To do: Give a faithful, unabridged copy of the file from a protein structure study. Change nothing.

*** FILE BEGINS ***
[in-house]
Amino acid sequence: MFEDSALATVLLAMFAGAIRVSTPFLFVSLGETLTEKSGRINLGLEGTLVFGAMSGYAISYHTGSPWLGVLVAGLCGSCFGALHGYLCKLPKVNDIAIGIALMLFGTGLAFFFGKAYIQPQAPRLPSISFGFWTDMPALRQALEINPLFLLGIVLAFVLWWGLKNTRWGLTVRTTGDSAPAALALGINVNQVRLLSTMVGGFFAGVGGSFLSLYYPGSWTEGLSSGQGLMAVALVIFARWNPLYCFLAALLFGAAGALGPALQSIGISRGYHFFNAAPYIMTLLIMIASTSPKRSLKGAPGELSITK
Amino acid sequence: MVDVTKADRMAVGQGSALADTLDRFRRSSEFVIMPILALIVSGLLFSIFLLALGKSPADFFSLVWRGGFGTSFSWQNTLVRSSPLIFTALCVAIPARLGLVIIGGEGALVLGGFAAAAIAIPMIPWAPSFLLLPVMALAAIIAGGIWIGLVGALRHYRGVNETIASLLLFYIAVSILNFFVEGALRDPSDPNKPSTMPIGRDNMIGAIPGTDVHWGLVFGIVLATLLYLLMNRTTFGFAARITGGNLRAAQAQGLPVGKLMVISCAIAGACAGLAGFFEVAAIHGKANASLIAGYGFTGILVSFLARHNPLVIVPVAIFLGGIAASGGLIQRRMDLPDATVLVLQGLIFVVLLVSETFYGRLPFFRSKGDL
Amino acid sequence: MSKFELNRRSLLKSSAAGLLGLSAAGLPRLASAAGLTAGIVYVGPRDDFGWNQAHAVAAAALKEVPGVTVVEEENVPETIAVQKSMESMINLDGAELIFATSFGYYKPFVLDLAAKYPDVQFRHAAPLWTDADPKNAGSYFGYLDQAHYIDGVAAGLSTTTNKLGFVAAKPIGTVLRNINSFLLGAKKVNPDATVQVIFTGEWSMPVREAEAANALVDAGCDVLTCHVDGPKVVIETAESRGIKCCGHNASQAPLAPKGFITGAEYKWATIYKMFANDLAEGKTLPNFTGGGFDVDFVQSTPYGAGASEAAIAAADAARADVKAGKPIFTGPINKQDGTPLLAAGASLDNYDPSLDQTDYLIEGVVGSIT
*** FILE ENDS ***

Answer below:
[in-house]
Amino acid sequence: MFEDSALATVLLAMFAGAIRVSTPFLFVSLGETLTEKSGRINLGLEGTLVFGAMSGYAISYHTGSPWLGVLVAGLCGSCFGALHGYLCKLPKVNDIAIGIALMLFGTGLAFFFGKAYIQPQAPRLPSISFGFWTDMPALRQALEINPLFLLGIVLAFVLWWGLKNTRWGLTVRTTGDSAPAALALGINVNQVRLLSTMVGGFFAGVGGSFLSLYYPGSWTEGLSSGQGLMAVALVIFARWNPLYCFLAALLFGAAGALGPALQSIGISRGYHFFNAAPYIMTLLIMIASTSPKRSLKGAPGELSITK
Amino acid sequence: MVDVTKADRMAVGQGSALADTLDRFRRSSEFVIMPILALIVSGLLFSIFLLALGKSPADFFSLVWRGGFGTSFSWQNTLVRSSPLIFTALCVAIPARLGLVIIGGEGALVLGGFAAAAIAIPMIPWAPSFLLLPVMALAAIIAGGIWIGLVGALRHYRGVNETIASLLLFYIAVSILNFFVEGALRDPSDPNKPSTMPIGRDNMIGAIPGTDVHWGLVFGIVLATLLYLLMNRTTFGFAARITGGNLRAAQAQGLPVGKLMVISCAIAGACAGLAGFFEVAAIHGKANASLIAGYGFTGILVSFLARHNPLVIVPVAIFLGGIAASGGLIQRRMDLPDATVLVLQGLIFVVLLVSETFYGRLPFFRSKGDL
Amino acid sequence: MSKFELNRRSLLKSSAAGLLGLSAAGLPRLASAAGLTAGIVYVGPRDDFGWNQAHAVAAAALKEVPGVTVVEEENVPETIAVQKSMESMINLDGAELIFATSFGYYKPFVLDLAAKYPDVQFRHAAPLWTDADPKNAGSYFGYLDQAHYIDGVAAGLSTTTNKLGFVAAKPIGTVLRNINSFLLGAKKVNPDATVQVIFTGEWSMPVREAEAANALVDAGCDVLTCHVDGPKVVIETAESRGIKCCGHNASQAPLAPKGFITGAEYKWATIYKMFANDLAEGKTLPNFTGGGFDVDFVQSTPYGAGASEAAIAAADAARADVKAGKPIFTGPINKQDGTPLLAAGASLDNYDPSLDQTDYLIEGVVGSIT